Maida Vale taproom a bottle shop and bar ‘with a small b’

Real Ale in Formosa Street Maida Vale

Real Ale in Formosa Street Maida Vale - Credit: Archant

Regulars drop into Real Ale in Formosa Street for a take away or one of eight lines of freshly kegged daught beer

Real Ale in Formosa Street Maida Vale

Real Ale in Formosa Street Maida Vale - Credit: Archant

Real Ale in Formosa Street opened two years ago as a bottle shop selling craft beers to thirsty Maida Vale drinkers.

But it's since diversified into offering wine and spirits and serving drinks on site - a kind of hybrid between a shop and a pub that suits modern lifestyles.

Josh Bryant, who manages the shop and taproom, says customers might drop in for a take-out then stay to try one of their eight lines of freshly kegged draught beer, or one of their wines by the glass.

"They can chop and change," he says.

Real Ale in Formosa Street Maida Vale

Real Ale in Formosa Street Maida Vale - Credit: Archant

"Some will make an evening of it, others will pop in, stop and try a drink, have a look at the fridges and buy more to take home.

"It seems to suit people's lives today and it's a comon format among craft beer places - bottle shops and bars with a small b."

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At a time when the capital's pubs are under pressure from changing drinking habits and lucrative housing developments, perhaps they are missing a trick in not tapping into the taproom revolution.

"Offering drink on site is very attractive to craft beer drinkers," adds Josh.

"Most pubs I go to, I don't even bother looking for something interesting or I will be disappointed. They are often tied to sell certain beers, they are good solid beers but not very interesting."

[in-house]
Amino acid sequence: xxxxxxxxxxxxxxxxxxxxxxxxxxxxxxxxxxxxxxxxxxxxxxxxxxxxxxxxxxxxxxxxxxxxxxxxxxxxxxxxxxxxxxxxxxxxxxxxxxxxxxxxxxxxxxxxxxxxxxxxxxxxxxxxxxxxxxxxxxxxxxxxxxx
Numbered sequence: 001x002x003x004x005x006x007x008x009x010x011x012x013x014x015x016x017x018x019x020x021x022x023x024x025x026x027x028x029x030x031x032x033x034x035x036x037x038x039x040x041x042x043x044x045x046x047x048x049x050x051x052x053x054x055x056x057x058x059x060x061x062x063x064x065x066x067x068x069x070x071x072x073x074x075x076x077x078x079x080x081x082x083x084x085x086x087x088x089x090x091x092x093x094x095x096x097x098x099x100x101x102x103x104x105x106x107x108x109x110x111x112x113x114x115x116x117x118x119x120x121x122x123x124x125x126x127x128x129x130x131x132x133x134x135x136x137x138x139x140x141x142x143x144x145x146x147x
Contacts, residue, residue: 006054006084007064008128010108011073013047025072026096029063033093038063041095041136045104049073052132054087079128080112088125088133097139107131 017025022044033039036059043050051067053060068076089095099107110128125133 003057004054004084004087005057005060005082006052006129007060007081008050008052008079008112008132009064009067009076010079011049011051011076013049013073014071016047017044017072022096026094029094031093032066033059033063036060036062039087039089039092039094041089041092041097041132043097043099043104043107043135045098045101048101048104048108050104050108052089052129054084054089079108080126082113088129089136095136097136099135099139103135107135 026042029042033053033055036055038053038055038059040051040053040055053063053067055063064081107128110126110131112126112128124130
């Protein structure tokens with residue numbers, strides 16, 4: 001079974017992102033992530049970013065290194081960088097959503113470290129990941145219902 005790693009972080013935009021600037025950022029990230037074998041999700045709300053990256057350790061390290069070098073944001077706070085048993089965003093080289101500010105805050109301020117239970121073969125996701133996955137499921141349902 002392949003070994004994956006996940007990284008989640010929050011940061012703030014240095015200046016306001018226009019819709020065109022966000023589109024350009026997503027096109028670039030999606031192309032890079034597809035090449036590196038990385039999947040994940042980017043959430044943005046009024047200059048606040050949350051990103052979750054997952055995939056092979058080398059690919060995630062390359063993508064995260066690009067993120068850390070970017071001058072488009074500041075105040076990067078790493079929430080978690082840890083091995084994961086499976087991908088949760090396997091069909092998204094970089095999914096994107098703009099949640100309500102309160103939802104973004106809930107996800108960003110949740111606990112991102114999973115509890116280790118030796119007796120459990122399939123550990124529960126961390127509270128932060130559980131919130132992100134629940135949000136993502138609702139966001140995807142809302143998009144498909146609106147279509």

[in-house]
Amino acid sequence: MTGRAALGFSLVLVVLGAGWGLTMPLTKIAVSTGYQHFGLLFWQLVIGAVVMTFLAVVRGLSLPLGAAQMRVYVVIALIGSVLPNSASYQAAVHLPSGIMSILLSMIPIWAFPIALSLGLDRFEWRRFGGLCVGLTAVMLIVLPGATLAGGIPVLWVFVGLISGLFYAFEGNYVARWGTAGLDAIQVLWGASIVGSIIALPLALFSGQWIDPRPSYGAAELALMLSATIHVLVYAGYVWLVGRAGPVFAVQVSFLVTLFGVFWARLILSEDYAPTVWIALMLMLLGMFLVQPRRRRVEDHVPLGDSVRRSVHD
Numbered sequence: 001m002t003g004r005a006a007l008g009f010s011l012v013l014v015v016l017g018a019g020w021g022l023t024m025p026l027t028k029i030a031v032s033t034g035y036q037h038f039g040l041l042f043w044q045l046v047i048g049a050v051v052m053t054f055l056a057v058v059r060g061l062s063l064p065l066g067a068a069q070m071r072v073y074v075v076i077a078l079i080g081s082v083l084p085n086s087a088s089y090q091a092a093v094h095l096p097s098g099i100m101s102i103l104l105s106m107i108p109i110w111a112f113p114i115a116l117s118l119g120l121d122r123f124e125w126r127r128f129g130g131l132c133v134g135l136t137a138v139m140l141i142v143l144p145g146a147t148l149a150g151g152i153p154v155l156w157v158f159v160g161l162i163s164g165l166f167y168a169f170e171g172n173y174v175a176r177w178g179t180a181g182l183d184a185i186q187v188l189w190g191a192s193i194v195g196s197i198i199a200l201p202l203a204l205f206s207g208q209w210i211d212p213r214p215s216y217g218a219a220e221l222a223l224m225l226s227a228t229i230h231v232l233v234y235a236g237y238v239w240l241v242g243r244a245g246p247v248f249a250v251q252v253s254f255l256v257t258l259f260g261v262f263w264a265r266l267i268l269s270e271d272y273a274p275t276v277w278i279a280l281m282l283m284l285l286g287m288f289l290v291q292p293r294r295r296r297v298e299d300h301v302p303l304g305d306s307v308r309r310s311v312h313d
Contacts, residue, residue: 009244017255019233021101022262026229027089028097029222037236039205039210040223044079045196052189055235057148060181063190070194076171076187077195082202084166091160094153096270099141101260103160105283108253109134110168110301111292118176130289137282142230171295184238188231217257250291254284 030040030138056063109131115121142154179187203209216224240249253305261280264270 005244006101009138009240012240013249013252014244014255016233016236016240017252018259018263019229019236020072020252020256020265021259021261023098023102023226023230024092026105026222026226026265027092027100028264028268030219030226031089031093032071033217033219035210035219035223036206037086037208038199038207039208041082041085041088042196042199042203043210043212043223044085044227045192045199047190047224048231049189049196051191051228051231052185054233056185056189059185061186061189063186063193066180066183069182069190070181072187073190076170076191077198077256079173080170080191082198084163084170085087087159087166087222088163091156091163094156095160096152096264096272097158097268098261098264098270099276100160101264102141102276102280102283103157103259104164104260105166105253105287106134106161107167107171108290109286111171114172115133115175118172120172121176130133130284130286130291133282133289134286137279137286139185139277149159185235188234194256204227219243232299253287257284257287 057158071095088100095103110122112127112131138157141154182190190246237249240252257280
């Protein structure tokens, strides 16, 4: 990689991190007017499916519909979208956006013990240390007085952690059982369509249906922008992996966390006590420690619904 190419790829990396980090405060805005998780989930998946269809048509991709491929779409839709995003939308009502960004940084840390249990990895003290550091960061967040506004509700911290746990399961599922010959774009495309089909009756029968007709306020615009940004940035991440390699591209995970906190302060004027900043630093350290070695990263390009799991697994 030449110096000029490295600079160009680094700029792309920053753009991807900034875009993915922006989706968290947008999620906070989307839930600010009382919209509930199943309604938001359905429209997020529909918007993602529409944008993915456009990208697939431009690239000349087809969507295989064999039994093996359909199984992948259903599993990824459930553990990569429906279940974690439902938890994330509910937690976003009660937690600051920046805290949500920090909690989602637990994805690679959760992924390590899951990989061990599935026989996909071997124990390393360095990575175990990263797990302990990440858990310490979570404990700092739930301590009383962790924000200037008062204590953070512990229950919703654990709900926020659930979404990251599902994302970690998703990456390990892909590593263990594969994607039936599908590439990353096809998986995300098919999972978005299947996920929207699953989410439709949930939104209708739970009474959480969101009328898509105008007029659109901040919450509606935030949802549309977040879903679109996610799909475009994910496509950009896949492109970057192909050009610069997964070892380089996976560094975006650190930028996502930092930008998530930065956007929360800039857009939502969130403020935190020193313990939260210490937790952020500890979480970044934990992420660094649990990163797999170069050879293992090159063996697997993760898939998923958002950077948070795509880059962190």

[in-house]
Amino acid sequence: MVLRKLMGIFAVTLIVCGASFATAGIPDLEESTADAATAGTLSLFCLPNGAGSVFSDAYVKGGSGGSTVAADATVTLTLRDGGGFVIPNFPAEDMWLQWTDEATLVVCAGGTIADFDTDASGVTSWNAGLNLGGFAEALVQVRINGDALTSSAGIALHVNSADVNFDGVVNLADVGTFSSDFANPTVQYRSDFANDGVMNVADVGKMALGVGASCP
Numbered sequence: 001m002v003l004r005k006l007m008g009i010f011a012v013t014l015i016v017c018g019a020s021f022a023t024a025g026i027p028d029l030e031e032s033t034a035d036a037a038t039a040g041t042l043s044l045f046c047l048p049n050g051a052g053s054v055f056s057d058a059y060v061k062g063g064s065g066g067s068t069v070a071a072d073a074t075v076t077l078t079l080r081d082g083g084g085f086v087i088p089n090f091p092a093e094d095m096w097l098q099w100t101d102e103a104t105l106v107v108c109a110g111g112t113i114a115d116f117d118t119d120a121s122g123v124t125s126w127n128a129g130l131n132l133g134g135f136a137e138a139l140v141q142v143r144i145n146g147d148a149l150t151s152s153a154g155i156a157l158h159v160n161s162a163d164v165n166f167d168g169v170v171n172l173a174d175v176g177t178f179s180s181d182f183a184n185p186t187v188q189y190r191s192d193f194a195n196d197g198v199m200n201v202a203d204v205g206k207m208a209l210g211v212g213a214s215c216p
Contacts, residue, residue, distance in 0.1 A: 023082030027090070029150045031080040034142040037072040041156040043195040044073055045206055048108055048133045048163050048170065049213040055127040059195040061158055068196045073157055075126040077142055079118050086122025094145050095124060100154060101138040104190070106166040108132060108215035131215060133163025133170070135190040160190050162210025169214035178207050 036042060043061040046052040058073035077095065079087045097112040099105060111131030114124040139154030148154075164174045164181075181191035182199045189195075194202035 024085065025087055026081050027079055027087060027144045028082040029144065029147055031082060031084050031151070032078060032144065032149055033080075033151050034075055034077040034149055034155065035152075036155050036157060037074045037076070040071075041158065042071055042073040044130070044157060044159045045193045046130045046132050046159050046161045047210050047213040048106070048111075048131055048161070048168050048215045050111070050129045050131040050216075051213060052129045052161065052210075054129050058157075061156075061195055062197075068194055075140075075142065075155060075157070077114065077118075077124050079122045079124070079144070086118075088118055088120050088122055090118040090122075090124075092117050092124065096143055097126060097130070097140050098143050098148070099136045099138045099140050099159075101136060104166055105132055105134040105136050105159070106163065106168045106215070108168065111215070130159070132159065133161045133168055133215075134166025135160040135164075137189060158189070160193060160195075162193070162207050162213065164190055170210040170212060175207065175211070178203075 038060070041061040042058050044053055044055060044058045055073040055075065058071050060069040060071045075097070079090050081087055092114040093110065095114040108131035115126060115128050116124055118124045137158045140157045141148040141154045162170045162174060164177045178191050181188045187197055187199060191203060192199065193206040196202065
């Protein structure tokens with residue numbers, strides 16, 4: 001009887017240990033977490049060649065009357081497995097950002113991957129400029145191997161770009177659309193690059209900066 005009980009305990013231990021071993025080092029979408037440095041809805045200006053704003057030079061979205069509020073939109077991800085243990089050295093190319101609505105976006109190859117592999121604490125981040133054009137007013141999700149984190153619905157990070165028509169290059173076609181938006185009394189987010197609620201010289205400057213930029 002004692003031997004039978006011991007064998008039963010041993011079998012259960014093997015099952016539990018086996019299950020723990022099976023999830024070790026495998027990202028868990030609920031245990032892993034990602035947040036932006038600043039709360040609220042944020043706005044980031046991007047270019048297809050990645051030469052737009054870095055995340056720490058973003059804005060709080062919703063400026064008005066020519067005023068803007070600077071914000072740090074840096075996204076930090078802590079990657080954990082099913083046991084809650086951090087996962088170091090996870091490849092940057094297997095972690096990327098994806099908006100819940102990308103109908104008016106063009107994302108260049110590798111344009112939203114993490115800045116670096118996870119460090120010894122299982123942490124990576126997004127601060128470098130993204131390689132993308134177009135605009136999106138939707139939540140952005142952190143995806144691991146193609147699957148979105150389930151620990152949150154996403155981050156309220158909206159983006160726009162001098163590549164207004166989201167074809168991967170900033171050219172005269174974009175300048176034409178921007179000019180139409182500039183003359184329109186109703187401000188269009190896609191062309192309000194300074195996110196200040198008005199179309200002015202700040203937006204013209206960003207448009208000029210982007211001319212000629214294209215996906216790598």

By contrast he has got to know his regulars and their favourite beer styles and is always seeking out new samples for them to try.

"Certain breweries are favourites with regulars but we try to mix it up with the keg beers. I might be looking out for IPAs or sour beers for a customer to try."

Brick Brewery in Deptford has made a beer especially for their house lager (there are two other branches in Notting Hill and Twickenham)

Northern Monk in Leeds and pale ales from Pressure Drop in Tottenham are also popular.

Josh adds: "Customers can buy keg beer in plastic growlers so they can drink good quality fresh beer at home".

He cites a dry hopped lemon sour beer with hibiscus and ginger from the White Hag Brewery in Ireland as a recent seasonal summer tipple or Haze Juice IPA as a tasty option.

Real Ale's fridges also include biodynamic natural wines and craft ciders.

"Our custsomers are well educated as to what they like, but also open minded to try new things," he says.

So after several years with new breweries seemingly springing up in every neighbouood, has the craft ale market reached its peak?

"It's not far off its peak," muses Josh.

"There are not as many new breweries opening up, and major players are consolidating, but it is growing in terms of the number of customers.

"We've had people who have been new to us and asked what kind of lager have you got? And they try some then keep returning.

"Once you have tried these interesting styles for a few months it's hard to go back."

The next event at Real Ale is a Meet The Brewer Evening and tasting coming up on September 21 with Brew Yonder from Somerset who specialise in beers fermented using naturally occurring yeasts, foraged herbs, botanicals and seasonal fruits. Jasper the head brewer will be at Real Ale from 5pm to chat about the beer and from 6pm-7pm will help lead a Beer and cheese pairing session (with cheeses from Neal's Yard) Attendance is free but to join the beer and cheese tasting costs £12. Tickets from